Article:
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Diversity In Law Profile, Vanessa Minteer
By Melissa Stewart
Vanessa Minteer, an attorney for Rosette, LLP, believes in justice and cultural rights. She decided to become an attorney while studying anthropology and learning about protection and promotion of Native American cultural resources and the effectiveness of federal legislation.
Her fascination with Native American culture led her to study at Arizona State University law school and focus on federal Indian law and cultural resources law. To her, becoming an attorney was a way to fight the injustices tribes are faced with every day.
“I think the most rewarding aspect of practicing law is giving a voice to those who need one,” she said. “Many times, those individuals (and, in my case, tribes) who confront injustice lack a voice in the legal process. For me, providing that voice on behalf of my clients’ rights and entitlements is what brings meaning to my legal practice.”
After graduating law school and passing the Arizona bar in 2008, Minteer decided to get an LL.M. in tribal law, government and policy at ASU. This allowed her to focus solely on representing tribes.
“I began practicing at Rosette, LLP, a private firm that only represents Indian tribes and their related boards and enterprises,” she said. “I have been in private practice with the firm for a number of years and I’ve really enjoyed my practice there because it allows me to focus all of my time, energy and effort in assisting my tribal clients with their various transactional and litigation needs.”
Being the voice for the voiceless is no easy task. The field of Indian law presents a very distinctive set of challenges, mainly due to the federal government’s complicated history and policy toward Native Americans, she said. Because of the long and complex history of case law and restrictions set forth by federal courts, Minteer has to get creative with her cases.
“It is important to adopt an innovative approach to cases, especially given the restrictions courts have set down related to tribal sovereignty and jurisdiction,” she said. “The challenge is to view the legal landscape in a way that enables you to see the opportunities presented by Indian law, not the many limitations. If you can do this, you can find productive legal solutions for your clients.”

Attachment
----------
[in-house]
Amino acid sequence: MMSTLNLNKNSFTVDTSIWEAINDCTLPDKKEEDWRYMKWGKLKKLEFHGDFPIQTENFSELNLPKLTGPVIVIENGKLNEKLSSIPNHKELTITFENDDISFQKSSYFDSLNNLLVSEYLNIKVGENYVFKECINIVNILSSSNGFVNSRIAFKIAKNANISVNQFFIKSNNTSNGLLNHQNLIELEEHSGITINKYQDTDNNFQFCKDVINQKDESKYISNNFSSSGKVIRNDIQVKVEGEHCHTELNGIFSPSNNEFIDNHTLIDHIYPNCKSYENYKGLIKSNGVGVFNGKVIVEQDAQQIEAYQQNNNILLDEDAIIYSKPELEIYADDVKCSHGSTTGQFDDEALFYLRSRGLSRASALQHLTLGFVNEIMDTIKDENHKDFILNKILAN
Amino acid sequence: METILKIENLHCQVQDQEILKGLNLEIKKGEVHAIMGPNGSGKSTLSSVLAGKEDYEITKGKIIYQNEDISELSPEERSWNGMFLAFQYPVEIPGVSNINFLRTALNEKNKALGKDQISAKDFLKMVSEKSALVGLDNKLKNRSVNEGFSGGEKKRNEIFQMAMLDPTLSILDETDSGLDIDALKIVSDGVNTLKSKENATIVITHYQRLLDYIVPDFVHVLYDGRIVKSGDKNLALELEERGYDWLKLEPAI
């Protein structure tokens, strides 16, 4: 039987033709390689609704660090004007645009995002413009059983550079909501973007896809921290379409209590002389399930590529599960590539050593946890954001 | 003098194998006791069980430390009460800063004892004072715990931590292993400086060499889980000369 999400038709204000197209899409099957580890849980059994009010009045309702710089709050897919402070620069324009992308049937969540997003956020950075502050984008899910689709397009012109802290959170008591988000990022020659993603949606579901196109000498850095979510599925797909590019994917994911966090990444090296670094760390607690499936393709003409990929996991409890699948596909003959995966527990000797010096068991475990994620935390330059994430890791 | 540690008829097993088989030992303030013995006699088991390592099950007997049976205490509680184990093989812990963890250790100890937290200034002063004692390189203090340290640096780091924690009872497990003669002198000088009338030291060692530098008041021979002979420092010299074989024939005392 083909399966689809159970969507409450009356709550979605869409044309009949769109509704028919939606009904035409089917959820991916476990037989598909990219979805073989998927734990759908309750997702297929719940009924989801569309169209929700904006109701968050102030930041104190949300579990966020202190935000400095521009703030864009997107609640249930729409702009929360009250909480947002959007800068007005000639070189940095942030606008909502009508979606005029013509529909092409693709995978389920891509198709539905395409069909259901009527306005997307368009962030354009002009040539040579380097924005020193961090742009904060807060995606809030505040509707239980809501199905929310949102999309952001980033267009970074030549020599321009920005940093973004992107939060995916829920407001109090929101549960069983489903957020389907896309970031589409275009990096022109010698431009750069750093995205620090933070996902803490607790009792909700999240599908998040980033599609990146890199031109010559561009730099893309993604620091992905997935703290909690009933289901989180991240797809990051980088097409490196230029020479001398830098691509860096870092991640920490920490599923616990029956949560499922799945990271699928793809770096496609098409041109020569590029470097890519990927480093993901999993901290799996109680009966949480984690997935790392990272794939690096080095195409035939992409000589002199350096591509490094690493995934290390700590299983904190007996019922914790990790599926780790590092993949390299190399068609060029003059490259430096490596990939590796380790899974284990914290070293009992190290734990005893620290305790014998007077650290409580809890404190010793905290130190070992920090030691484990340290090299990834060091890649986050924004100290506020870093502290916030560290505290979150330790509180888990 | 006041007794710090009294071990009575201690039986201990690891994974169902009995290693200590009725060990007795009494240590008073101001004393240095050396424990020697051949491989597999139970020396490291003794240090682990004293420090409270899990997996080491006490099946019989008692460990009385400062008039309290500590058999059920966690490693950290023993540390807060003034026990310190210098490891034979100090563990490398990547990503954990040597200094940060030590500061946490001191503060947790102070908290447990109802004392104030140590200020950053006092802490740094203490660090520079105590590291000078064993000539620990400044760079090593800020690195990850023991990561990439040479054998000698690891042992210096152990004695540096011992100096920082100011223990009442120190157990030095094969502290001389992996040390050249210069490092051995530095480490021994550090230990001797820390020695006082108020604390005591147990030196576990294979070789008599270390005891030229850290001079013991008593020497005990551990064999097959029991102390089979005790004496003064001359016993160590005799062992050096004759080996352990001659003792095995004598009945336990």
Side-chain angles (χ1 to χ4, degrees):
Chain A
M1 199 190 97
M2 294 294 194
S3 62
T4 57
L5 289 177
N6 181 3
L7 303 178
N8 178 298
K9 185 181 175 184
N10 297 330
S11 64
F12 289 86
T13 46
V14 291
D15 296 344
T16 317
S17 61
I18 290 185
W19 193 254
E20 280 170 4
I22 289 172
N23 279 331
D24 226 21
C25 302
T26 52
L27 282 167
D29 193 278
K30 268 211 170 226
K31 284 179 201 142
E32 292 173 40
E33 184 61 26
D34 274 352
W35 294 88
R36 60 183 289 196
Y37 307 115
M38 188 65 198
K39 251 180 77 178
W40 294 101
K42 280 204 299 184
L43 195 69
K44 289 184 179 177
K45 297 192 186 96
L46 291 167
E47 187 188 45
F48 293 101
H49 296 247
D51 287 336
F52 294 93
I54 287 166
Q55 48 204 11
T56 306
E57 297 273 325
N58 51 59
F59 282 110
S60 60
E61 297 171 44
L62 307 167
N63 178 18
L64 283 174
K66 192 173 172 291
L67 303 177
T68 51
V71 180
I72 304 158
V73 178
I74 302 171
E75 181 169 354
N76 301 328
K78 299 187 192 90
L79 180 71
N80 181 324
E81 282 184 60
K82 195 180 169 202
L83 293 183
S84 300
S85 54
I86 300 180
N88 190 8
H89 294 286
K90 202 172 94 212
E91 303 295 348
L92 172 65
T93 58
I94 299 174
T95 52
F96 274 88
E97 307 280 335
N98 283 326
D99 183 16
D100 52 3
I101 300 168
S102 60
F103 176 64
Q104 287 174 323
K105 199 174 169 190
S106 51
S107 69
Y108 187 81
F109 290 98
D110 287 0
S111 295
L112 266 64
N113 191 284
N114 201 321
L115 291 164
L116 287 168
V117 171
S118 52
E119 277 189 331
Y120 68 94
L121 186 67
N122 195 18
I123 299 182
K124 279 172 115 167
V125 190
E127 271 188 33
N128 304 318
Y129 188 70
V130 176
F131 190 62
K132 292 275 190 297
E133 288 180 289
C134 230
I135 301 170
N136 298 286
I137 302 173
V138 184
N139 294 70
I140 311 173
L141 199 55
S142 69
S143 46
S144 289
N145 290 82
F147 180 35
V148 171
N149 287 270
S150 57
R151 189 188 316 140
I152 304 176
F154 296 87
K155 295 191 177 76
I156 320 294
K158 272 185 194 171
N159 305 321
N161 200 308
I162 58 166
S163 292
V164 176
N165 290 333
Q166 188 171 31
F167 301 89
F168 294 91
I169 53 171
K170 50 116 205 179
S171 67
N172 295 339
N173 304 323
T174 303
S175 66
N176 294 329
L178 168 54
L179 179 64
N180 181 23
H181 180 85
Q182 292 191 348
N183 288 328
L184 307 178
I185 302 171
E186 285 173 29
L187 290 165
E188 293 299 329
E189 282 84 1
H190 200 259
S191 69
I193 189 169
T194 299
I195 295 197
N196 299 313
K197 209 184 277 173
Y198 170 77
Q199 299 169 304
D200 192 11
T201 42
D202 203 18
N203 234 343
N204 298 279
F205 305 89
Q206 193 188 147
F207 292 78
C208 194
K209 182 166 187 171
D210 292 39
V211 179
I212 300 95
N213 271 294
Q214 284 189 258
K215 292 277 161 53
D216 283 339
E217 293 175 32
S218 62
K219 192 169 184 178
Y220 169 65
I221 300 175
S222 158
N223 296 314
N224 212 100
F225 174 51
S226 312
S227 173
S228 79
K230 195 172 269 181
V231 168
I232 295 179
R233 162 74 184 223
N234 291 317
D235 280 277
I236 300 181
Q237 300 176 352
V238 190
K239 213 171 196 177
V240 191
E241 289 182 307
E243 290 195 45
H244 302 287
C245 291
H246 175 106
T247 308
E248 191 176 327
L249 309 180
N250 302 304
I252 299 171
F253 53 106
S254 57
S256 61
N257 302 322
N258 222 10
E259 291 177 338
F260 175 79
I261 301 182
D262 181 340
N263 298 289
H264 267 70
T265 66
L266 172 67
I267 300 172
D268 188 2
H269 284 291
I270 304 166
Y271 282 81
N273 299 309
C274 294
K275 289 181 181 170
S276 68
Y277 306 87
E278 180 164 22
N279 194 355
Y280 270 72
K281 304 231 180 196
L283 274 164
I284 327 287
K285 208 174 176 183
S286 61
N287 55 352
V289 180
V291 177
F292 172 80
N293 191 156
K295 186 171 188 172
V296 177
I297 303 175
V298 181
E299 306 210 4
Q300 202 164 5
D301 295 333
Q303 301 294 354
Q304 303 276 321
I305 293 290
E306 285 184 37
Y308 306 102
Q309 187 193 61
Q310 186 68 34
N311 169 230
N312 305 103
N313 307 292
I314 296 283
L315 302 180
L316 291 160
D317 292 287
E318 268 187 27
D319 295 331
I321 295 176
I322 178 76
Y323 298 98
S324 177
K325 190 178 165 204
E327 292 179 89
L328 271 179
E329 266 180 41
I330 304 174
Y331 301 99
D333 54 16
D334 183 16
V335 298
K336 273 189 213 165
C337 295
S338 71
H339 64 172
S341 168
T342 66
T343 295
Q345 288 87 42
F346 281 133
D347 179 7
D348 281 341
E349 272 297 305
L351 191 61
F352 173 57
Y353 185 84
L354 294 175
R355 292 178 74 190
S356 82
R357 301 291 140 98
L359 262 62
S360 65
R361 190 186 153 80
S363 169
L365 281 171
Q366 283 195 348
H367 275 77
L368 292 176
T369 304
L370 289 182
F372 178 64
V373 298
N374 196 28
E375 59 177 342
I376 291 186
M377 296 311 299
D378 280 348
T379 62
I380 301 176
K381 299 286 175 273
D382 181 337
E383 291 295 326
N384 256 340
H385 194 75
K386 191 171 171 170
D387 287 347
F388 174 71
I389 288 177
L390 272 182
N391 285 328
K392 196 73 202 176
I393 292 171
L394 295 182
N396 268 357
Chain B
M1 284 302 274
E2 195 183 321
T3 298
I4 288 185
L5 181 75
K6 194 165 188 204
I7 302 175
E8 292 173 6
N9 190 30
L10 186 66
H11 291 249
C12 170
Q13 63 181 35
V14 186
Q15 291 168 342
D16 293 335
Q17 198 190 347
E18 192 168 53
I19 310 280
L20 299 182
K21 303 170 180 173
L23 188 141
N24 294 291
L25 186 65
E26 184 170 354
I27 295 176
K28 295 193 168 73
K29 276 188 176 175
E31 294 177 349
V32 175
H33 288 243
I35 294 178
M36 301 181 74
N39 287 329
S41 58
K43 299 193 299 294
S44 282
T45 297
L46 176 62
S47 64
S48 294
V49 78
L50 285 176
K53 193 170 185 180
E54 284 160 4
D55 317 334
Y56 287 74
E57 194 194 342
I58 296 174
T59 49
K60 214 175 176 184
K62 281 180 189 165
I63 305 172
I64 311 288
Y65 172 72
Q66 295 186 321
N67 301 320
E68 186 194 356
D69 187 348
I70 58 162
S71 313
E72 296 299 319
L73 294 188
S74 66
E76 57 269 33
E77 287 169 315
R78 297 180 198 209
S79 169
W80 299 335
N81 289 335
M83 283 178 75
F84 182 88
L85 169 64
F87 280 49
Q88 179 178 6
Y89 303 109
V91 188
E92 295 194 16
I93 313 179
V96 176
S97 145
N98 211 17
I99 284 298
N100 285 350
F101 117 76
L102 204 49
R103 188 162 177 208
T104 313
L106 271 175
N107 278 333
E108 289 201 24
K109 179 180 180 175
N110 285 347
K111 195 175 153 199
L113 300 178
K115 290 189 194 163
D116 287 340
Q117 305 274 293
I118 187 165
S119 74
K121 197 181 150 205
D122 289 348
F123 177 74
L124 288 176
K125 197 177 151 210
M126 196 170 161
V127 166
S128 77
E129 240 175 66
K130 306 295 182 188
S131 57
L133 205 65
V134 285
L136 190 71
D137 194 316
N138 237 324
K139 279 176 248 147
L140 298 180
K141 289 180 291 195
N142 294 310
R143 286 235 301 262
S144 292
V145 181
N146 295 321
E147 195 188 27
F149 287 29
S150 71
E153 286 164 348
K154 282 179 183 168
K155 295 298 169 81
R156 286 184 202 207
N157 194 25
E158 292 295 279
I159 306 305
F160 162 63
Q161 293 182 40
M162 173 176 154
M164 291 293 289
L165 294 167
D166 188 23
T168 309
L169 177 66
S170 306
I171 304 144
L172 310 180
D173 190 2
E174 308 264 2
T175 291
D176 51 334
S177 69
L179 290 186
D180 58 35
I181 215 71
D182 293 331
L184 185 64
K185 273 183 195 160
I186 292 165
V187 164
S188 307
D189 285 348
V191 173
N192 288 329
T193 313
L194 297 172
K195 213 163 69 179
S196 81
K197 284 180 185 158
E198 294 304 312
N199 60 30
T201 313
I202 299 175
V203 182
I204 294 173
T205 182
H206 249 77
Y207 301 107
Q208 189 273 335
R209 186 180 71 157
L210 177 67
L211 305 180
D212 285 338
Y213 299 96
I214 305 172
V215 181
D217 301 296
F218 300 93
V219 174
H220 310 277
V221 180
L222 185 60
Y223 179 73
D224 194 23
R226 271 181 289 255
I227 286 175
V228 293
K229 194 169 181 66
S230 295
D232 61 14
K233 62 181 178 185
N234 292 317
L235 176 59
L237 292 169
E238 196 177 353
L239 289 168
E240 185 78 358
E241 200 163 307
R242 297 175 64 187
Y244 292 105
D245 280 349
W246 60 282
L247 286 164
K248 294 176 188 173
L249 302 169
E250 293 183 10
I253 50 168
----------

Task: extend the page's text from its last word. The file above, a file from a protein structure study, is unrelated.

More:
Even though Minteer has been a champion for tribal rights and has provided legal counsel solely to Native Americans from the start of her career, she herself is not a Native American.
“My situation is somewhat unique in that I set out to practice in a field that is increasing dominated by Native American attorneys, which I believe is a very good thing, especially as tribes build capacity internally among their tribal membership to address the needs of their people,” she said. “I, however, am not Native American and as a non-Native woman practicing in this area I could easily have felt excluded by the legal community—and even by the clients themselves.”
But Minteer has never felt out of place or unwelcome in her work. She believes that her staunch dedication to representing tribes has brought her the respect of the community and her clients.
“The amazing individuals with whom I have had the opportunity to practice and the Native communities that I represent have been nothing but welcoming,” she said. “I like to think that this is due to their recognition of my genuine passion, complete dedication and comprehensive knowledge of the field.”